If you’re a partisan party politician, you don’t have to disgrace your office to elicit a gasp of horror from your colleagues. You just have to tell the truth — even by accident.
House Majority Leader Mike Turzai of Allegheny County spouted just such an inconvenient truth last Saturday at a meeting of the Republican State Committee in Hershey. Turzai was thumping his chest over the Republican-led accomplishments of the state House and Senate when he got caught up in the moment.
“Pro-Second Amendment? The Castle Doctrine, it’s done,” Turzai boasted to the wildly enthusiastic crowd. “First pro-life legislation — abortion facility regulations — in 22 years, done. Voter ID, which is going to allow Governor Romney to win the state of Pennsylvania, done.”
Took all of about 30 minutes before Turzai’s statement ping-ponged around the blogosphere, and both parties launched themselves into full outrage mode.
Democrats’ eyes lit up like a baseball player who sees a big, fat, slow pitch coming at him. The Republicans had thrown them weak cheese, and they were going to hit this one way, way out of the park. It was practically a full-on admission of the GOP agenda to disenfranchise voters, alienate women and repeal those pesky laws that prevent good, decent, white folks from shooting minorities any time they feel like it.
“It’s the smoking gun!” cried Sen. Daylin Leach of Montgomery County.
“We told you so,” said Philly Sen. Vincent Hughes.
While both senators are right, it doesn’t make a bit of difference. The Republicans can, and did, come back with the defense that Turzai was speaking to a partisan crowd at a private event, and Leach and Hughes are angry, desperate liberals grasping at political straws in order to defame a righteous, God-fearing American patriot like Mike Turzai.
In the end, Turzai’s unguarded honesty probably won’t serve Democrats as a rallying cry, but it should serve very well as a call to action.
Have a look at the GOP platform. Check out their ideas, and check out their history. On the voter ID law, for example. Logic would dictate that a political party’s primary interest would be in getting as many people out to vote on Election Day as possible. After all, the more people who vote, the more people who vote for our candidate, right?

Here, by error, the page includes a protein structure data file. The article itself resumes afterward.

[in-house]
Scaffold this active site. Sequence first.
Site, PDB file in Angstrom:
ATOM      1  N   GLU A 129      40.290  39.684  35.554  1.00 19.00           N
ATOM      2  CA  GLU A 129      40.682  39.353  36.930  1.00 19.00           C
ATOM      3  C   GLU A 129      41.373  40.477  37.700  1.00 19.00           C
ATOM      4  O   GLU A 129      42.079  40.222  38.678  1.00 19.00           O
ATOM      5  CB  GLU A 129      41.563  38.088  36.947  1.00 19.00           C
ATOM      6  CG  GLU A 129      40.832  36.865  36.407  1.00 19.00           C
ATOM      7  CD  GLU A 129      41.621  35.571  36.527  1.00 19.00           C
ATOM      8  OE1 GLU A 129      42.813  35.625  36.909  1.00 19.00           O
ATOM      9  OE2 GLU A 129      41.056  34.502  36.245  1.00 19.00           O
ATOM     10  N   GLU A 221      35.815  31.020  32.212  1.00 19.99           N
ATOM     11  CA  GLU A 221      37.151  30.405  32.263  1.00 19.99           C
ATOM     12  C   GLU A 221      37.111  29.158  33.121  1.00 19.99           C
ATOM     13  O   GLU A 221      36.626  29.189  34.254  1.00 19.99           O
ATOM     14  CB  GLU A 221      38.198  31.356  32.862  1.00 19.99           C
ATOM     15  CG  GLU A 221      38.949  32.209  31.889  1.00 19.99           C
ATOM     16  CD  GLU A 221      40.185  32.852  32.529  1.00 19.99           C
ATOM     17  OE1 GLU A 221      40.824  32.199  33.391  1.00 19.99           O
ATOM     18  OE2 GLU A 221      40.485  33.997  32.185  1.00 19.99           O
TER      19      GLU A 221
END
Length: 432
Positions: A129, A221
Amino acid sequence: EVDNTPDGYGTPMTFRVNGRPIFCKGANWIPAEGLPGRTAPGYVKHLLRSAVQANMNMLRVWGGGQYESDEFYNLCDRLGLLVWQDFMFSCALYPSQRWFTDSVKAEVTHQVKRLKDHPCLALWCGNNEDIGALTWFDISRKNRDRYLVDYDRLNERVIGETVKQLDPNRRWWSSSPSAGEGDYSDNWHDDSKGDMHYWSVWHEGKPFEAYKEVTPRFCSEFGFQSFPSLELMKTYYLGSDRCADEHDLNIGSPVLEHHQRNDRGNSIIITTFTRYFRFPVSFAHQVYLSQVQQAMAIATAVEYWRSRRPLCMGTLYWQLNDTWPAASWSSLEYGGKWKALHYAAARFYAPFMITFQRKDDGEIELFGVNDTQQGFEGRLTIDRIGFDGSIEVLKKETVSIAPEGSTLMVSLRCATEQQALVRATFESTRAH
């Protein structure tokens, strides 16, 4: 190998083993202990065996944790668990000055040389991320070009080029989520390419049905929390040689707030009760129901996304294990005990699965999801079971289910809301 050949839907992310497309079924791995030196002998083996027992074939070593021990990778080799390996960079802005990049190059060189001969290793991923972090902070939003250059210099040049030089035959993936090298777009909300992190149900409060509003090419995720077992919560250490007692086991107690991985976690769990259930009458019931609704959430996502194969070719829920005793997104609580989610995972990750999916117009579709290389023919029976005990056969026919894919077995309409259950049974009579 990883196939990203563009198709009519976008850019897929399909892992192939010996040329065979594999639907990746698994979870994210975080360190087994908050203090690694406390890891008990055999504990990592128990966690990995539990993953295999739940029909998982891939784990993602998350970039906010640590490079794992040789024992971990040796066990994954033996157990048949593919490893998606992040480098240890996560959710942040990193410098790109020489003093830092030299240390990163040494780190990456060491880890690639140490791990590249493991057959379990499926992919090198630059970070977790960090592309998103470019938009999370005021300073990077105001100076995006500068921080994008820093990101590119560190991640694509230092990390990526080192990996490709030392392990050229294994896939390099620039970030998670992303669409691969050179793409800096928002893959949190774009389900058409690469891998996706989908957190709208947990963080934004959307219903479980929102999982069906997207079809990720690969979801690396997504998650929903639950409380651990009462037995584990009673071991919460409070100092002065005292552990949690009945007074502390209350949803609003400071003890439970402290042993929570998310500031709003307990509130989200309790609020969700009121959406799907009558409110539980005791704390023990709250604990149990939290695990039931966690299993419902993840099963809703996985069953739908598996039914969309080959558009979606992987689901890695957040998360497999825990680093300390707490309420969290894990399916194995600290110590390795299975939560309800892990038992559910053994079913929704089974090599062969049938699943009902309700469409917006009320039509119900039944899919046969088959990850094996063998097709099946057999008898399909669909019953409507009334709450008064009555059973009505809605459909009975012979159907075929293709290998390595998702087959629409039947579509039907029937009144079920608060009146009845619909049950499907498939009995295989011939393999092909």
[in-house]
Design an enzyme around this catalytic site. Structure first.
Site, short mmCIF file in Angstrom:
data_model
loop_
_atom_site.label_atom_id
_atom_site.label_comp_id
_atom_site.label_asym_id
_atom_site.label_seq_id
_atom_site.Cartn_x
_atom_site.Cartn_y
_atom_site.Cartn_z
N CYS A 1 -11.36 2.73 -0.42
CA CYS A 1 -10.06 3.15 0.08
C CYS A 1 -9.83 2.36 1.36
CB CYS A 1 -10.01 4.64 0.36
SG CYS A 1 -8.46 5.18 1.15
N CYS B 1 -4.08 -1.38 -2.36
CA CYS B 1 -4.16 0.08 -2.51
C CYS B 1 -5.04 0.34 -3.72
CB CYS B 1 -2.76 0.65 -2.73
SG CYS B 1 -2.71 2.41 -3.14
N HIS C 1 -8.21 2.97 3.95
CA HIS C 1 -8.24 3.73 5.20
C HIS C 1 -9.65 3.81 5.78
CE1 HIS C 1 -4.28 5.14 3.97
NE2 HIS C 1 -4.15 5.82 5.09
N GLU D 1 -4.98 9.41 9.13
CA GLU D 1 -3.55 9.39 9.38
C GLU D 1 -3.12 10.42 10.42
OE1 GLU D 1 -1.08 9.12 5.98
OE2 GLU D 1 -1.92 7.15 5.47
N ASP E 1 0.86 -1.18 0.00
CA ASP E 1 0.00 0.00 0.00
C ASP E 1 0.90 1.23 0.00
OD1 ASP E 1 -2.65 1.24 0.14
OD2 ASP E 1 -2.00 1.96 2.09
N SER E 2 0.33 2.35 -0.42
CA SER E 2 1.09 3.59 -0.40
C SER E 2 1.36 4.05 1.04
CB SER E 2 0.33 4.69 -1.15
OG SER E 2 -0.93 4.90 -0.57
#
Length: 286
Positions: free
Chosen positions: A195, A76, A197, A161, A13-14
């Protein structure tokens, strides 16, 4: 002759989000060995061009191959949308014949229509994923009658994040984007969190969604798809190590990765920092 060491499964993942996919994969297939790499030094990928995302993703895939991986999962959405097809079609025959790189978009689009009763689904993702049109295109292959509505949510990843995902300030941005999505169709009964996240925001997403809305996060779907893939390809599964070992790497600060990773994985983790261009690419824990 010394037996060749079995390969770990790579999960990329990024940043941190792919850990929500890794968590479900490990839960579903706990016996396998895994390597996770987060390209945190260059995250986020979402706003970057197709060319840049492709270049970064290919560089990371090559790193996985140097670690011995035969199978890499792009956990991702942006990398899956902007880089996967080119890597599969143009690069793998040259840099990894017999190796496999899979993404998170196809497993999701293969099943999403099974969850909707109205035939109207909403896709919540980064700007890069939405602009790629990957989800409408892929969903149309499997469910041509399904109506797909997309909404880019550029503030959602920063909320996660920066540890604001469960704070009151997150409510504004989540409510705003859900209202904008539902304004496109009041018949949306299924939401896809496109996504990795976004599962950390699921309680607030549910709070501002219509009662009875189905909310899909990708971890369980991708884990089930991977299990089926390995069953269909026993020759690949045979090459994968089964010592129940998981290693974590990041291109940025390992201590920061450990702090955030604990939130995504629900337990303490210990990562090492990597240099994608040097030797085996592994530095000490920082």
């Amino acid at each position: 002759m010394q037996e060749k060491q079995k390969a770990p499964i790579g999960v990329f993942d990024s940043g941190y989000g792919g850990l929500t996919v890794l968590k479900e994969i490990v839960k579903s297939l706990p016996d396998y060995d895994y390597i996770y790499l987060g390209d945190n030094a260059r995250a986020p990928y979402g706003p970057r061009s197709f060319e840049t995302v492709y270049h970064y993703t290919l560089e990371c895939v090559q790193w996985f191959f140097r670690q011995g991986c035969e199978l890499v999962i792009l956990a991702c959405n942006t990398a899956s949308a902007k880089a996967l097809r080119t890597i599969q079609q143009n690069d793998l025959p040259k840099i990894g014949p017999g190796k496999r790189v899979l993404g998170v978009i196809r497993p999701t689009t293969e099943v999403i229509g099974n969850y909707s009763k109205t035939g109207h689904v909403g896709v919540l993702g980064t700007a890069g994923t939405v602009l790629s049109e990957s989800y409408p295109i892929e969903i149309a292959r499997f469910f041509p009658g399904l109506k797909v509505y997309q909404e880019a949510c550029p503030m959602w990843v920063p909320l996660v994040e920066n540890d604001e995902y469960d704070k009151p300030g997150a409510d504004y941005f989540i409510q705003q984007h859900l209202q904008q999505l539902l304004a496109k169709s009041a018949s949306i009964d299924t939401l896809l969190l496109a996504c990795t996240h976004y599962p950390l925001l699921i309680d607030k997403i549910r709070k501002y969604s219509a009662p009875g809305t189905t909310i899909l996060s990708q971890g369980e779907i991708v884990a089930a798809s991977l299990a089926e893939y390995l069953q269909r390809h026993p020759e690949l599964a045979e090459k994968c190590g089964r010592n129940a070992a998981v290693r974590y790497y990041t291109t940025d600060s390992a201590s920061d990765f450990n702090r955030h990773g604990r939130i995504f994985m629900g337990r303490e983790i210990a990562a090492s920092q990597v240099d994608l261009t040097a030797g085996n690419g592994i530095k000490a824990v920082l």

Wrong. It’s the Democrats who knock their brains out every election cycle with get out the vote efforts and massive voter registration drives. The Republicans would just as soon not bother. In fact, the voter ID law is in direct opposition to those efforts. They need as few of us — and by us, I mean everyone who isn’t a middle-aged, white, male millionaire — to come to the polls as possible, because a sufficient number of Democratic votes can negate the millions of dollars they’re pouring into this campaign.
The fact that they’re trying every trick in the book to keep you away from the voting booth is proof positive they know how important your individual vote can be. And that is all the incentive you need when deciding on Election Day whether to get up and go to the polls. The GOP knows, and now you know, that a low turnout — or at least a low turnout of minorities — is Romney’s best path to victory.
The GOP agenda on the Castle Doctrine is equally transparent. The doctrine has very little to do with the Second Amendment — that is, there’s nothing in the Castle Doctrine which restricts your ability to buy guns. It simply lifts a few restrictions on when you can use them, and adds a legal get-out-of-jail-free card if you say, “I was afraid for my life!” when you shoot a Black person who happens to be walking home with a can of iced tea and a bag of Skittles.
Don’t even get me started on abortion. The fact that the party who wants government out of your private life so willingly invites government intrusion into your bedroom is so hypocritical it defies common sense. Let me get this straight: You support the death penalty, you favor unlimited access to firearms and the unfettered ability to shoot people you don’t like, but your catch phrase is “Respecting the sanctity of life?” Please.
Turzai was right about one thing: You don’t have to actually vote for Romney to ensure his win in November. You just have to not vote at all.
Daryl Gale is the Philadelphia Tribune's city editor.